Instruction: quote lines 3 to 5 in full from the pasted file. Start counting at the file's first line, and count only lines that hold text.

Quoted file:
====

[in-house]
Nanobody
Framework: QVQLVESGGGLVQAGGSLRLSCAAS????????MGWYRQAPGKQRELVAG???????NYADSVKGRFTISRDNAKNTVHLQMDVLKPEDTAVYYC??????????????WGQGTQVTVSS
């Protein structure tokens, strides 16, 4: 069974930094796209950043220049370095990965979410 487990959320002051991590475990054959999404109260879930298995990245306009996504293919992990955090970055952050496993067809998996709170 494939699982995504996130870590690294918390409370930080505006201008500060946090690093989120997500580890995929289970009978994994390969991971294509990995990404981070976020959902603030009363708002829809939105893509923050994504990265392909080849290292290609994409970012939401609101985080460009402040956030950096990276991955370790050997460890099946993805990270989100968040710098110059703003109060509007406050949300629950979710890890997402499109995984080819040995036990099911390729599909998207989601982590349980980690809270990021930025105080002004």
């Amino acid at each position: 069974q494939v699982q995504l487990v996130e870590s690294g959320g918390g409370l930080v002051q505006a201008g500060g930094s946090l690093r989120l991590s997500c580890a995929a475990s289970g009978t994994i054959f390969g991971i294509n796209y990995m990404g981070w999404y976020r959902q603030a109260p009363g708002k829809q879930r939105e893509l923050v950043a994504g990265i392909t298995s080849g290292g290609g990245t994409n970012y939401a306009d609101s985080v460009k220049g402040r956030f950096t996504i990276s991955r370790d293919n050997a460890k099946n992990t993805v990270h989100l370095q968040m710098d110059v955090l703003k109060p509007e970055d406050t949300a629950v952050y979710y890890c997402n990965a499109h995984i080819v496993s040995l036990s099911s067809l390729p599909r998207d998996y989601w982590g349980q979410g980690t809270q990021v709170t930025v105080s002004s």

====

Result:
Framework: QVQLVESGGGLVQAGGSLRLSCAAS????????MGWYRQAPGKQRELVAG???????NYADSVKGRFTISRDNAKNTVHLQMDVLKPEDTAVYYC??????????????WGQGTQVTVSS
């Protein structure tokens, strides 16, 4: 069974930094796209950043220049370095990965979410 487990959320002051991590475990054959999404109260879930298995990245306009996504293919992990955090970055952050496993067809998996709170 494939699982995504996130870590690294918390409370930080505006201008500060946090690093989120997500580890995929289970009978994994390969991971294509990995990404981070976020959902603030009363708002829809939105893509923050994504990265392909080849290292290609994409970012939401609101985080460009402040956030950096990276991955370790050997460890099946993805990270989100968040710098110059703003109060509007406050949300629950979710890890997402499109995984080819040995036990099911390729599909998207989601982590349980980690809270990021930025105080002004």
């Amino acid at each position: 069974q494939v699982q995504l487990v996130e870590s690294g959320g918390g409370l930080v002051q505006a201008g500060g930094s946090l690093r989120l991590s997500c580890a995929a475990s289970g009978t994994i054959f390969g991971i294509n796209y990995m990404g981070w999404y976020r959902q603030a109260p009363g708002k829809q879930r939105e893509l923050v950043a994504g990265i392909t298995s080849g290292g290609g990245t994409n970012y939401a306009d609101s985080v460009k220049g402040r956030f950096t996504i990276s991955r370790d293919n050997a460890k099946n992990t993805v990270h989100l370095q968040m710098d110059v955090l703003k109060p509007e970055d406050t949300a629950v952050y979710y890890c997402n990965a499109h995984i080819v496993s040995l036990s099911s067809l390729p599909r998207d998996y989601w982590g349980q979410g980690t809270q990021v709170t930025v105080s002004s």